Wales see the light but back-row losses cut deep
Somewhere on the road between Auckland and Wellington this year, Warren Gatland had a Damascene moment.
The British and Irish Lions coach did something not many saw coming. After the Lions’ first Test loss to the All Blacks at Eden Park, Gatland switched to dual playmakers for the next game at Westpac Stadium.
Out went Ben Te’o, who had performed admirably in the first Test but was thought by keen eyes to have butchered one overlap opportunity, and in came Johnny Sexton at No.10, nudging Owen Farrell to No.12.
The Lions never looked back and neither has Gatland. With an eye firmly on the 2019 World Cup, the coach has surrendered size in the Welsh midfield this weekend for guile. Jamie Roberts and Scott Williams, who were familiar to the Wallabies, are gone.
Owen Williams, who is a virtual stranger, is in.
Perhaps the Wallabies should hit-up Julian Salvi for some intel on the newcomer. Now of Gloucester, I first saw Williams play for Leicester alongside Salvi. He was a creative No.10, what you’d call a natural footballer.
Clearly Wales are going to try and move the ball with Williams at No.12. The romantics in Wales are intrigued by the potential, especially as the ambition doesn’t end there.
Among the outside backs Gatland has gone for Steffan Evans. He would concede about 15 centimetres and 25 kilograms to the injured George North.
The lazy comparison to Evans would be Welsh legend Shane Williams, but I think he lacks Williams’ top-end speed and see more of the Kiwi Nehe Milner-Skudder in him. The little wing/fullback is all about a low centre of gravity, footwork and changing direction at speed. We are in for some entertainment in Cardiff.
In some ways Wales are the most interesting team in the November internationals. No one else is attempting such a profound change of style. In some ways the old cliche about their performances meaning more than the results may be true. If the Welsh see some verve on attack a loss to the Wallabies wouldn’t be a disaster.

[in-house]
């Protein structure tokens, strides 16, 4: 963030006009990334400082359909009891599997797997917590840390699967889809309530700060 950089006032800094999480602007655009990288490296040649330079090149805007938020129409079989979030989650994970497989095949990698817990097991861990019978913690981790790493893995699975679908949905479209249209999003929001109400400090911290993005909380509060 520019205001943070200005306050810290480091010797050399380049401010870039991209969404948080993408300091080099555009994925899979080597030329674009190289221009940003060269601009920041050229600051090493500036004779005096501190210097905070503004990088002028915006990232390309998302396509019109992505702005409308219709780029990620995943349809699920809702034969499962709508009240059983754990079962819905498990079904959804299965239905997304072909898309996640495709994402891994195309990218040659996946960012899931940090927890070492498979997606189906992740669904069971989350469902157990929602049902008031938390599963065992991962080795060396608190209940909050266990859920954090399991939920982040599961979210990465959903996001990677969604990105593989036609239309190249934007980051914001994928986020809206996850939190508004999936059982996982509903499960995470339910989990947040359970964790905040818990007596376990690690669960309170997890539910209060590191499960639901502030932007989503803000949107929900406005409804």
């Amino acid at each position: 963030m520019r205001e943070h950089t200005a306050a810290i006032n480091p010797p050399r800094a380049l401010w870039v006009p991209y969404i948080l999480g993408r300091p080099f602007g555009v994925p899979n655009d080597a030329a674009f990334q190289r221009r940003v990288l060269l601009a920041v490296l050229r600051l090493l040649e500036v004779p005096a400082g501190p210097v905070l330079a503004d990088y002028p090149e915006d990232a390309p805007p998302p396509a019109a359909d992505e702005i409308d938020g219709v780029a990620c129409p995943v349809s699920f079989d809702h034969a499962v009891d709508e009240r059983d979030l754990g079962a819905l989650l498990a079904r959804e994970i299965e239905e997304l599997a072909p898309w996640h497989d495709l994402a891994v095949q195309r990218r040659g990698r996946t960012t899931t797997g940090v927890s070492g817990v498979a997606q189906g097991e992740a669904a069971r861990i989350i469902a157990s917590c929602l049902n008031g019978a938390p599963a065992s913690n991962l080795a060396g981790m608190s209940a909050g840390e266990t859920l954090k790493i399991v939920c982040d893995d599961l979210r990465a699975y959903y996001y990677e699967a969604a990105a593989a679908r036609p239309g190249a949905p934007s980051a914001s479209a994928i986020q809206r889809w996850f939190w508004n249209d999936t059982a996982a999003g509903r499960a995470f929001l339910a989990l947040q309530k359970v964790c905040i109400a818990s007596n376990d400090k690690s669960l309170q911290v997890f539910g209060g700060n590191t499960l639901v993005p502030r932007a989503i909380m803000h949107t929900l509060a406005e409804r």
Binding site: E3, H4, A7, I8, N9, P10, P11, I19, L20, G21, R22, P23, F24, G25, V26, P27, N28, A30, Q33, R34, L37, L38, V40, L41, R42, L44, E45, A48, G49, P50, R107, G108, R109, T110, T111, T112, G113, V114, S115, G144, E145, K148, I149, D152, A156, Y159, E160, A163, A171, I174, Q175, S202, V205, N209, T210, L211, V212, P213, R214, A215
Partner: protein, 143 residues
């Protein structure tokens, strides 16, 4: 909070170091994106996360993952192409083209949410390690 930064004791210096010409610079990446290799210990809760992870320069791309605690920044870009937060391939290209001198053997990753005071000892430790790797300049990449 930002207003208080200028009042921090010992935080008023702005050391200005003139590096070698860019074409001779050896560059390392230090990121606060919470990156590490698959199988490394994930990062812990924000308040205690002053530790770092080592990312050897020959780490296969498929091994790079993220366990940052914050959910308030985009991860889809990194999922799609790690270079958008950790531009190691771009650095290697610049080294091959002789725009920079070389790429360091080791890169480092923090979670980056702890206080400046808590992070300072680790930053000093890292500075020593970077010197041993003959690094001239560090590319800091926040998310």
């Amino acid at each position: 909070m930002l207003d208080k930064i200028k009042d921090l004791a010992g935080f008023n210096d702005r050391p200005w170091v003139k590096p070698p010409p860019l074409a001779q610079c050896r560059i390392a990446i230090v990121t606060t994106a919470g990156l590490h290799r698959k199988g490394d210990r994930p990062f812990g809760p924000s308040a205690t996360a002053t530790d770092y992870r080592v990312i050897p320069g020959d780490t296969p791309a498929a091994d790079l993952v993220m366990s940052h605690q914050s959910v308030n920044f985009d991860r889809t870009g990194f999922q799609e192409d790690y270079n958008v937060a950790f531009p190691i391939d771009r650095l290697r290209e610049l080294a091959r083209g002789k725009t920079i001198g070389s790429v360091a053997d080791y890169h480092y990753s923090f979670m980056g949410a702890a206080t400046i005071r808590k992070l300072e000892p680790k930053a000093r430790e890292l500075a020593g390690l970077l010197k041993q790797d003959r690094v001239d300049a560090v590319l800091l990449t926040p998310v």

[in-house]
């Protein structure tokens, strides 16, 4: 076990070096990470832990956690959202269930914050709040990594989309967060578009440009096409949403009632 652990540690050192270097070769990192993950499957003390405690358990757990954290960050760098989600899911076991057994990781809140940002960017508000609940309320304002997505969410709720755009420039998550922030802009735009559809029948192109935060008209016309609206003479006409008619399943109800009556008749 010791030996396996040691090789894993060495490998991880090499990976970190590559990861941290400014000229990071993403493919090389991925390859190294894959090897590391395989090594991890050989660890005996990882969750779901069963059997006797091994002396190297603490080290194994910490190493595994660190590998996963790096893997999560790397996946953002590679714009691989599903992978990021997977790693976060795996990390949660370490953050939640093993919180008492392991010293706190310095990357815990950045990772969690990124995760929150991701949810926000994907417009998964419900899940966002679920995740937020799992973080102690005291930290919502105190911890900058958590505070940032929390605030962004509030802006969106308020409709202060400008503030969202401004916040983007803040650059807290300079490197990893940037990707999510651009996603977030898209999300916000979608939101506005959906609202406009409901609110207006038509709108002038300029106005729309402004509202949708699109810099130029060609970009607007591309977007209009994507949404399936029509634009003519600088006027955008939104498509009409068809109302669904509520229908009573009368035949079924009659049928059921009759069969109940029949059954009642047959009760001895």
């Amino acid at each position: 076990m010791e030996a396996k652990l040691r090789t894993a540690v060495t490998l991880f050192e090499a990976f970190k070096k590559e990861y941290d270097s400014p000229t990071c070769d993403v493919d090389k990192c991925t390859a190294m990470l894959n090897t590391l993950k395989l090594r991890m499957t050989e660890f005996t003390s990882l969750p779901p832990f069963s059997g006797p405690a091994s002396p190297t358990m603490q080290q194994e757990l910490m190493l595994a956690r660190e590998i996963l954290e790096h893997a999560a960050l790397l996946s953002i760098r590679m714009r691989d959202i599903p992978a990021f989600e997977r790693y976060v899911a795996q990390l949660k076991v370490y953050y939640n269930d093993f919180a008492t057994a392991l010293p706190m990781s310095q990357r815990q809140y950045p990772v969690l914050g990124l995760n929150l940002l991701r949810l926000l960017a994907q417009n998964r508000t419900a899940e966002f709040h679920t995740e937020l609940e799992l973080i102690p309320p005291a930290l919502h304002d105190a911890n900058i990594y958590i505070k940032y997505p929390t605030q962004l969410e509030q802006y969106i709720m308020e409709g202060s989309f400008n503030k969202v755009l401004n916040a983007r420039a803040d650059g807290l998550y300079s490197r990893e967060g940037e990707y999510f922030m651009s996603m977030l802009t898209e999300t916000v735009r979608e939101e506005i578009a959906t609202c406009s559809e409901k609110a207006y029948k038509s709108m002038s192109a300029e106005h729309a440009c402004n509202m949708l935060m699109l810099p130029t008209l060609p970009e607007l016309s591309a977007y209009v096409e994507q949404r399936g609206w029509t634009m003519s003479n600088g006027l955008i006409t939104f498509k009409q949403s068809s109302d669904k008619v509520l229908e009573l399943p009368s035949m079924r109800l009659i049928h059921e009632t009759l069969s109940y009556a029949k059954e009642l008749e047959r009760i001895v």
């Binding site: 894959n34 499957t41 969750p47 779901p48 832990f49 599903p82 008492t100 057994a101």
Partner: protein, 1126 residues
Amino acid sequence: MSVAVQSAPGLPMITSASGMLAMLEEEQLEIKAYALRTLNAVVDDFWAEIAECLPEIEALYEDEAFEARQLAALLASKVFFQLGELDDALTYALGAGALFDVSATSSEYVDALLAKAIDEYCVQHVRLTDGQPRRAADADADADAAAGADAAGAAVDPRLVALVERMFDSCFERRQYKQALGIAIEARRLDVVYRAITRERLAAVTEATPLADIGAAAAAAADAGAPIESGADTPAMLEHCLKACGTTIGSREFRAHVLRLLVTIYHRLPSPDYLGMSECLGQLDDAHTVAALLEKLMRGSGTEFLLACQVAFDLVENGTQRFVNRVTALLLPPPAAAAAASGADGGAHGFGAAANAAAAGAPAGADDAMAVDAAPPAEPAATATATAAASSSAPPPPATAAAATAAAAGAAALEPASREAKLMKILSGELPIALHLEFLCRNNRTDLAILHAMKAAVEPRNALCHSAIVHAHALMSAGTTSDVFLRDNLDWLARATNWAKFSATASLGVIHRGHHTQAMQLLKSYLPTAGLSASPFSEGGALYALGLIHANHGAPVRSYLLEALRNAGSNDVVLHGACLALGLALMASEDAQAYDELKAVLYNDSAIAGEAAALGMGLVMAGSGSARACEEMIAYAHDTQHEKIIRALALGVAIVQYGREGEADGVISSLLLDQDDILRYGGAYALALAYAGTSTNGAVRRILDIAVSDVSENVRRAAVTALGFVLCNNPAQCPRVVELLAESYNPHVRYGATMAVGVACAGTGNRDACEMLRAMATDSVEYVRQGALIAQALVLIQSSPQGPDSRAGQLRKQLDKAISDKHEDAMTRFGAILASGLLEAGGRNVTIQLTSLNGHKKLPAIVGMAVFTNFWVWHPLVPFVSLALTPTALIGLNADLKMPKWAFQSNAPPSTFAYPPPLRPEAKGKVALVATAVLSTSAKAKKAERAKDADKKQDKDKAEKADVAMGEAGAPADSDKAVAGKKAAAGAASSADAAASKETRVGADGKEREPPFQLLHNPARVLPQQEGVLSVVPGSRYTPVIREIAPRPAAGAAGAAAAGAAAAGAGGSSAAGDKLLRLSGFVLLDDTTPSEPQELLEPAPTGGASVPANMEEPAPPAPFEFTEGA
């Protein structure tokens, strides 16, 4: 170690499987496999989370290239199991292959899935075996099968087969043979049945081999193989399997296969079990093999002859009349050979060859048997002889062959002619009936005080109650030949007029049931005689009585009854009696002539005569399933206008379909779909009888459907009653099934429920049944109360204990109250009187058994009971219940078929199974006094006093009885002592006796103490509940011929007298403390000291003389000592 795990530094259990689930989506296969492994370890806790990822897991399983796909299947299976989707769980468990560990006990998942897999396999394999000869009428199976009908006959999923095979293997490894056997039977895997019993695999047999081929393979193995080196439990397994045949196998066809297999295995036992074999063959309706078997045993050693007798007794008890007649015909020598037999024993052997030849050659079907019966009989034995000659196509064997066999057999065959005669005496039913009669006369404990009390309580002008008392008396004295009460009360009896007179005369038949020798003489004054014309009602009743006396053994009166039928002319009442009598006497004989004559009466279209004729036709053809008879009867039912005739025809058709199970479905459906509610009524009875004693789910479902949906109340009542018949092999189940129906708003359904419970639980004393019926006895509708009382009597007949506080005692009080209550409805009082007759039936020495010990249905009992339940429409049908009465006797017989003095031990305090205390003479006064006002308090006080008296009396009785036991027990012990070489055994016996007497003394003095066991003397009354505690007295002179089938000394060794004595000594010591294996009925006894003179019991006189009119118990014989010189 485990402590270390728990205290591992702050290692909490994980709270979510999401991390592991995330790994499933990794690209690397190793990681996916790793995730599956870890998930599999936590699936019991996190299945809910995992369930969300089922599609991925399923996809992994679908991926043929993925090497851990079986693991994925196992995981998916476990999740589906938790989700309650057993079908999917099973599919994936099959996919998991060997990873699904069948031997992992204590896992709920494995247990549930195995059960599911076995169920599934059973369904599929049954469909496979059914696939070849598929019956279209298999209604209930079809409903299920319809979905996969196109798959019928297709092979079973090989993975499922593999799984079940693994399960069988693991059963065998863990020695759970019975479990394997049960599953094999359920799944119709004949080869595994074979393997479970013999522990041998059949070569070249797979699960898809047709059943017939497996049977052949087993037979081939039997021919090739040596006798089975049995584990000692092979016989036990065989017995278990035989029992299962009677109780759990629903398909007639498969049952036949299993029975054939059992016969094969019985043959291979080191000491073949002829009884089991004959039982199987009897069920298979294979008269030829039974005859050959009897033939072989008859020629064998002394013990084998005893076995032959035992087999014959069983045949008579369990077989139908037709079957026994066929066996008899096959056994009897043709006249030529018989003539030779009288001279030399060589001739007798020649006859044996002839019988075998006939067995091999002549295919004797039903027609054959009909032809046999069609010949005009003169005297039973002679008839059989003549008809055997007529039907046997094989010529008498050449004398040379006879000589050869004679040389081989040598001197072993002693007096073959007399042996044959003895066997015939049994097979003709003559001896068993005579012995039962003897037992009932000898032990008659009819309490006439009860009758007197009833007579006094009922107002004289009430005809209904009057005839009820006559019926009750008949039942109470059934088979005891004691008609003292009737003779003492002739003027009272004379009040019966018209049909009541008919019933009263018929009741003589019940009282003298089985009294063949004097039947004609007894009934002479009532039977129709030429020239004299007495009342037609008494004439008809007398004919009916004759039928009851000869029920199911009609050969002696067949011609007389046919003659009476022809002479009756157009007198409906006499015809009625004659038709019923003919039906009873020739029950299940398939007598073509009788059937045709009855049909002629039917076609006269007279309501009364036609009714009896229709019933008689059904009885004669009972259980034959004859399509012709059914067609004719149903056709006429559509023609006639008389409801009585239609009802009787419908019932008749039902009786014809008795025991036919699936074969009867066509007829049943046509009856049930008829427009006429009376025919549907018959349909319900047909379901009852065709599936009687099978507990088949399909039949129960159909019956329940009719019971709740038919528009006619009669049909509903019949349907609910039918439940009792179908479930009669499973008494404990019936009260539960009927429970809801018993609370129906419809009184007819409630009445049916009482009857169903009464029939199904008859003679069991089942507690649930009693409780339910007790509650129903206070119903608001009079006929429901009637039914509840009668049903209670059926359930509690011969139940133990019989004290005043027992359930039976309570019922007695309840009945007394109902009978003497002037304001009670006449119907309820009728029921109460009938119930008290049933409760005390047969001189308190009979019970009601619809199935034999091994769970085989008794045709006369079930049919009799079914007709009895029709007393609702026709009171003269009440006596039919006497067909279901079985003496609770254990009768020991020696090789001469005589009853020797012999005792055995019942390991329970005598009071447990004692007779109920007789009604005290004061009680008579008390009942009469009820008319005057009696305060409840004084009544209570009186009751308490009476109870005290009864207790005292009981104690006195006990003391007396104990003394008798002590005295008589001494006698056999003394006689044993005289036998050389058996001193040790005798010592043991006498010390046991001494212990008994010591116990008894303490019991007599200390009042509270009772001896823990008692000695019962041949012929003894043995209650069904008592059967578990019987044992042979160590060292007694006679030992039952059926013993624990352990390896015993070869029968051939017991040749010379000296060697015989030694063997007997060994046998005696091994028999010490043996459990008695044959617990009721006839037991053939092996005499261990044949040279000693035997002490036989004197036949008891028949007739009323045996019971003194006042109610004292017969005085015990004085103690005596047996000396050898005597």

A minor hammering would not be so well-received and say it quietly but it’s not impossible. Some of the slickness and athletic prowess being shown by the Wallabies backline in recent games is frightening, in a good way.
Shaun Edwards made waves this week by saying the Wallabies attack in the first three phases was superior to the All Blacks. But it is true, until New Zealand can arrest their clunkiness between No.10 and No.12.
The key for is to master the tactical approach Gatland has just abandoned. Samu Kerevi and Tevita Kuridrani are a terrifying prospect.
Yet my hunch is it’s a selection misstep by the Wallabies. That’s not a criticism of either player – they were terrific against Japan – but I struggle to think of a big man/big man midfield combination of the past 10-15 years that has worked.
Jean de Villiers and Jaque Fourie, perhaps, but they were footballers first, with their sizeable frames the icing on the cake. The appeal of Kerevi and Kuridrani is primarily power.
Clearly, Williams is going to be targeted but inside him at No.10 Dan Biggar is an excellent defender and will lend a hand.
It is elsewhere that the Wallabies could win the game.
In the back-row Taulupe Faletau is magnificent – among the 10 best players on the planet – but he is without three 2017 British and Irish Lions: Sam Warburton, Ross Moriarty and Justin Tipuric. Those are crippling omissions.
Tipuric may not have played in any of the Tests against the Lions but if he missed a tackle in any of the tour games I did not see it. As far as Warburton goes it will be his captaincy that is missed. Referees have time for him and he uses it smartly.
It adds to the Wallabies’ advantage because the Welsh are notoriously slow starters at the beginning of their November campaigns. They are heading in an admirable new direction but Saturday might be too soon to see its benefits.